Last but not least, the committee recommended to the authors that, in the interest of being transparent in scientific work, authors should always cite existing known related work, even when a new contribution would not directly build on it. Furthermore, considering the delicate issues around double submissions, this point was particularly important with related work from the same authors.

- Josh Benaloh
- Thomas Berson
- Christian Cachin (chair)

Submission: 14 April 2014

Notification: 9 June 2014

From September 3 to September 5

Location: Amalfi, Italy

More Information: http://scn.dia.unisa.it/

2013-11-25

The authenticated encryptions which resist misuse of initial value (or nonce) at some desired level of privacy are two-pass or Mac-then-Encrypt constructions (inherently inefficient but provide full privacy) and online constructions, e.g., McOE, sponge-type authenticated encryptions (such as duplex, AEGIS) and COPA. Only the last one is almost parallelizable with some bottleneck in processing associated data. In this paper, {\\em we design a new online secure authenticated encryption, called \\tx{ELmE} or Encrypt-Linear mix-Encrypt, which is completely (two-stage) {\\bf parallel} (even in associated data) and {\\bf pipeline implementable}}. It also provides full privacy when associated data (which includes initial value) is not repeated. The basic idea of our construction and COPA are based on \\tx{EME}, an Encrypt-Mix-Encrypt type SPRP constructions (secure against chosen plaintext and ciphertext). Unlike \\tx{EME}, we consider (so does COPA) online computable {\\bf linear mixing}. In addition with getting rid of bottleneck, our construction optionally supports {\\bf intermediate tags} which can be verified faster with less buffer size. Intermediate tag provides security against block-wise adversaries which is meaningful in low-end device implementation.

We present a new Cryptographically Secure Pseudo-Random Number Generator. It uses permutations as its internal state, similarly to the RC4 stream cipher. We describe a statistical test which revealed non-random patterns in a sample of $2^{16.6}$ outputs of a 3-bit RC4.

Our new algorithm produced $2^{46.8}$ undistinguishable from random 3-bit outputs in the same test. We probed $2^{51}$ outputs of the algorithm in different statistical tests with different word sizes

and found no way of distinguishing the keystream from a random source. The size of the algorithm\'s internal state is $2^{3424}$ (for an 8-bit implementation). The algorithm is cryptographically secure to the extent we were able to analyse it. Its design is simple and easy to implement. We present the generator along with a key scheduling algorithm processing both keys and initialization vectors.

A $d$-broadcast primitive is a communication primitive that allows a

sender to send a value from a domain of size $d$ to a set of parties.

A broadcast protocol emulates the $d$-broadcast primitive using only

point-to-point channels, even if some of the parties cheat, in

the sense that all correct recipients agree on the same value $v$

(consistency), and if the sender is correct, then $v$ is the value

sent by the sender (validity). A celebrated result by Pease, Shostak

and Lamport states that such a broadcast protocol exists if and only if $t 3$ no broadcast amplification

is possible, i.e., $\\phi_n(d)=d$ for any $d$.

However, if other parties than the sender can also broadcast some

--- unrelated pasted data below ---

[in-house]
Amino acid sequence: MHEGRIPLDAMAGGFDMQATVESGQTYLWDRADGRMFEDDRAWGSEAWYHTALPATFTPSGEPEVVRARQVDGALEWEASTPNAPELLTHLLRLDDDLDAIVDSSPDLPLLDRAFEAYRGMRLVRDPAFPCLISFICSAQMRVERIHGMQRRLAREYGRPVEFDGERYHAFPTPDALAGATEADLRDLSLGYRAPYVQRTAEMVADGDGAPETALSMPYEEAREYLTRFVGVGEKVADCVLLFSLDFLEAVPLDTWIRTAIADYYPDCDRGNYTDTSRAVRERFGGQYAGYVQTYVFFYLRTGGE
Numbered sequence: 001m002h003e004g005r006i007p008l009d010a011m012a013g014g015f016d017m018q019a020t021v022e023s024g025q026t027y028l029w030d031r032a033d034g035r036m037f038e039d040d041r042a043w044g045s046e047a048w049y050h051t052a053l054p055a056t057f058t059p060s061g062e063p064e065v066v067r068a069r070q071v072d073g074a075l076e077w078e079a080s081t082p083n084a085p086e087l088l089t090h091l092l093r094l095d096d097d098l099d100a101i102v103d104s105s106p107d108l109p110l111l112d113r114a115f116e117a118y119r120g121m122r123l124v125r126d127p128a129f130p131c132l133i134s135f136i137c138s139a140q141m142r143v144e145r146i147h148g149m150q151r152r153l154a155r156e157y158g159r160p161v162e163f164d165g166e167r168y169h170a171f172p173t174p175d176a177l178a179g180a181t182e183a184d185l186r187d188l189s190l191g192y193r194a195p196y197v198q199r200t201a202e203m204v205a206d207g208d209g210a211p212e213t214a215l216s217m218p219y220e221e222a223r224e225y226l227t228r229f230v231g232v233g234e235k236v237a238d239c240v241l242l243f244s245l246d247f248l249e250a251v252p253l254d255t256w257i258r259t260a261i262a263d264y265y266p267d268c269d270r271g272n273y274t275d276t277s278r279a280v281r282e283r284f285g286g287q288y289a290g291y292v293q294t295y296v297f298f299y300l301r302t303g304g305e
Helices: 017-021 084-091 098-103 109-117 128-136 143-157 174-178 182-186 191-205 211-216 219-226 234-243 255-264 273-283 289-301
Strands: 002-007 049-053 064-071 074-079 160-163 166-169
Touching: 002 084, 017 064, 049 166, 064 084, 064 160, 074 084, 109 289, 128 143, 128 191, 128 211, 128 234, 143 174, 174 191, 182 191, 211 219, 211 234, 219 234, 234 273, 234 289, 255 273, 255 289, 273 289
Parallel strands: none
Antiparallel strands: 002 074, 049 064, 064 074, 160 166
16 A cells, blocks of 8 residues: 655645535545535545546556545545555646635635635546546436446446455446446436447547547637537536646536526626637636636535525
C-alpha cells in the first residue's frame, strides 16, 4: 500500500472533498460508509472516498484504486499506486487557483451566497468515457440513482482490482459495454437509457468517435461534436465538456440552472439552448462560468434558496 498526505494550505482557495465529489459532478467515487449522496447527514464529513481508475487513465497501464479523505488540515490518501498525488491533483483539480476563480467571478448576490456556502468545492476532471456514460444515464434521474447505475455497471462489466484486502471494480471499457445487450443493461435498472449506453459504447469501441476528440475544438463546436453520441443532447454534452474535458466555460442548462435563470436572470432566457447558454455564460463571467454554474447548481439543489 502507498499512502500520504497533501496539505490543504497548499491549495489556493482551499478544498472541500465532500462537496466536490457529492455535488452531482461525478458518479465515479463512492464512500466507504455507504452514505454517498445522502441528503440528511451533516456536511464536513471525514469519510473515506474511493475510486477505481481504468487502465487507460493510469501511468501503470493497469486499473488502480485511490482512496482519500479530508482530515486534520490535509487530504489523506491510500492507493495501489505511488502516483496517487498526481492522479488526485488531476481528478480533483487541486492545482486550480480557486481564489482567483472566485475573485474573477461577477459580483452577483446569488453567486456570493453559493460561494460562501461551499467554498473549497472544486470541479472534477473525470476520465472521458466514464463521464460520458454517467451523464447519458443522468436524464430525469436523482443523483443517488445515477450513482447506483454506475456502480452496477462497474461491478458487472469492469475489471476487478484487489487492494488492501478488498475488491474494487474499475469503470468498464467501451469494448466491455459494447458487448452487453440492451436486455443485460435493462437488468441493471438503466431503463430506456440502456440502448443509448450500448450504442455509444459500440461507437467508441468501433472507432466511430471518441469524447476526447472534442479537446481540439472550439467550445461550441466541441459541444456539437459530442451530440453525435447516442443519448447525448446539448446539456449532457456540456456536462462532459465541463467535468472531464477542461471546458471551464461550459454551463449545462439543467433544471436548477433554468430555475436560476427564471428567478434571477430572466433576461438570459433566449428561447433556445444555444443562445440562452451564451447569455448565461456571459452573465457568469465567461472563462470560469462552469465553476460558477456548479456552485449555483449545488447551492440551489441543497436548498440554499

short messages, then broadcast amplification is possible for

\\emph{any}~$n$. Let $\\phi^*_n(d)$ denote the minimal $d\'$ such that

$d$-broadcast can be constructed from primitives $d\'_1$-broadcast,

\\ldots, $d\'_k$-broadcast, where $d\'=\\prod_i d\'_i$ (i.e., $\\log

d\'=\\sum_i \\log d\'_i$). Note that $\\phi^*_n(d)\\leq\\phi_n(d)$.

We show that broadcasting $8n\\log n$ bits in

total suffices, independently of $d$, and that at least $n-2$ parties,

including the sender, must broadcast at least one bit. Hence

$\\min(\\log d,n-2) \\leq \\log \\phi^*_n(d) \\leq 8n\\log n$.

Template attacks remain a powerful side-channel technique to

eavesdrop on tamper-resistant hardware. They model the probability

distribution of leaking signals and noise to guide a

search for secret data values. In practice, several numerical

obstacles can arise when implementing such attacks

with multivariate normal distributions.

We propose

efficient methods to avoid these. We also demonstrate how to achieve

significant performance improvements, both in terms of information

extracted and computational cost, by pooling covariance estimates

across all data values. We provide a detailed and systematic

overview of many different options for implementing such

attacks. Our experimental evaluation of all these methods based on

measuring the supply current of a byte-load instruction executed in

an unprotected 8-bit microcontroller leads to practical guidance for

choosing an attack algorithm.

In this paper, we design a novel one-way trapdoor function, and then propose a new multivariate public key cryptosystem called $\\rm TOT$, which can be used for encryption, signature and authentication. Through analysis, we declare that $\\rm TOT$ is secure, because it can resist current known algebraic attacks if its parameters are properly chosen. Some practical implementations for $\\rm TOT$ are also given, and whose security level is at least $2^{90}$. The comparison shows that $\\rm TOT$ is more secure than $\\rm HFE$, $\\rm HFEv$ and $\\rm Quartz$ (when $n \\ge 81$ and $D_{HFE} \\ge 129$, $\\rm HFE$ is still secure), and it can reach almost the same speed of computing the secret map by $\\rm C^\\ast$ and $\\rm Sflash^{v2}$ (even though $\\rm C^\\ast$ was broken, its high speed has been affirmed).